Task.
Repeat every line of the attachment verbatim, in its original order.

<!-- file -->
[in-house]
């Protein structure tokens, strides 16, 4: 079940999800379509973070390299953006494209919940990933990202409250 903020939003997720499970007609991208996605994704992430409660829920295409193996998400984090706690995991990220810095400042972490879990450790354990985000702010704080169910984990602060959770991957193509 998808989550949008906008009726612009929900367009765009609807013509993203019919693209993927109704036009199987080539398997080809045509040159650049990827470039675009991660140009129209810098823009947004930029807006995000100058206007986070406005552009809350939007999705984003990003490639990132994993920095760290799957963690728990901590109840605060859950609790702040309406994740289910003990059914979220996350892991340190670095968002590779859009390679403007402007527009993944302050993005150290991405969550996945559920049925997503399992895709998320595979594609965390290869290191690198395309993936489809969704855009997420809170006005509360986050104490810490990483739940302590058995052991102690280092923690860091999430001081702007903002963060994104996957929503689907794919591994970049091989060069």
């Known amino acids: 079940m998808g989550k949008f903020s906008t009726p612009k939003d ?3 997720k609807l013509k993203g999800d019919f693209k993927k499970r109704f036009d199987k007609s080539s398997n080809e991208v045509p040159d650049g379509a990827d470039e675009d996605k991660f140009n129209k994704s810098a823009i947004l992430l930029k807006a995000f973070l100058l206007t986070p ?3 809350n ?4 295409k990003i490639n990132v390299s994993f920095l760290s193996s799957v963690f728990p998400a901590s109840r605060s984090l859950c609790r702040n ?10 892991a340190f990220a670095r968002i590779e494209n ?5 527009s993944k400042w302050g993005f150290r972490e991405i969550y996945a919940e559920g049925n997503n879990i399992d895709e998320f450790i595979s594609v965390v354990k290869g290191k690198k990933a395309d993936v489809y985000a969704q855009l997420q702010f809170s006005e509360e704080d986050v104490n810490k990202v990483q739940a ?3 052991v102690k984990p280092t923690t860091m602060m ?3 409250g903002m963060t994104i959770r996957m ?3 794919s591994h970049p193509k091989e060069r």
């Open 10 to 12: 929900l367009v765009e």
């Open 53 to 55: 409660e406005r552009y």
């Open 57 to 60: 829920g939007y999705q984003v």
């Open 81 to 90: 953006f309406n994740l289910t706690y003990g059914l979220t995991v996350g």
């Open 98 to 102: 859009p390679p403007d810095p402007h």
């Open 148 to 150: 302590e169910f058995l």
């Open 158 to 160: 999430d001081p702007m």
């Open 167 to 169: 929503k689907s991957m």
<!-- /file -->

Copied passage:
[in-house]
């Protein structure tokens, strides 16, 4: 079940999800379509973070390299953006494209919940990933990202409250 903020939003997720499970007609991208996605994704992430409660829920295409193996998400984090706690995991990220810095400042972490879990450790354990985000702010704080169910984990602060959770991957193509 998808989550949008906008009726612009929900367009765009609807013509993203019919693209993927109704036009199987080539398997080809045509040159650049990827470039675009991660140009129209810098823009947004930029807006995000100058206007986070406005552009809350939007999705984003990003490639990132994993920095760290799957963690728990901590109840605060859950609790702040309406994740289910003990059914979220996350892991340190670095968002590779859009390679403007402007527009993944302050993005150290991405969550996945559920049925997503399992895709998320595979594609965390290869290191690198395309993936489809969704855009997420809170006005509360986050104490810490990483739940302590058995052991102690280092923690860091999430001081702007903002963060994104996957929503689907794919591994970049091989060069």
């Known amino acids: 079940m998808g989550k949008f903020s906008t009726p612009k939003d ?3 997720k609807l013509k993203g999800d019919f693209k993927k499970r109704f036009d199987k007609s080539s398997n080809e991208v045509p040159d650049g379509a990827d470039e675009d996605k991660f140009n129209k994704s810098a823009i947004l992430l930029k807006a995000f973070l100058l206007t986070p ?3 809350n ?4 295409k990003i490639n990132v390299s994993f920095l760290s193996s799957v963690f728990p998400a901590s109840r605060s984090l859950c609790r702040n ?10 892991a340190f990220a670095r968002i590779e494209n ?5 527009s993944k400042w302050g993005f150290r972490e991405i969550y996945a919940e559920g049925n997503n879990i399992d895709e998320f450790i595979s594609v965390v354990k290869g290191k690198k990933a395309d993936v489809y985000a969704q855009l997420q702010f809170s006005e509360e704080d986050v104490n810490k990202v990483q739940a ?3 052991v102690k984990p280092t923690t860091m602060m ?3 409250g903002m963060t994104i959770r996957m ?3 794919s591994h970049p193509k091989e060069r």
């Open 10 to 12: 929900l367009v765009e």
């Open 53 to 55: 409660e406005r552009y």
């Open 57 to 60: 829920g939007y999705q984003v």
């Open 81 to 90: 953006f309406n994740l289910t706690y003990g059914l979220t995991v996350g």
């Open 98 to 102: 859009p390679p403007d810095p402007h």
């Open 148 to 150: 302590e169910f058995l």
């Open 158 to 160: 999430d001081p702007m």
């Open 167 to 169: 929503k689907s991957m």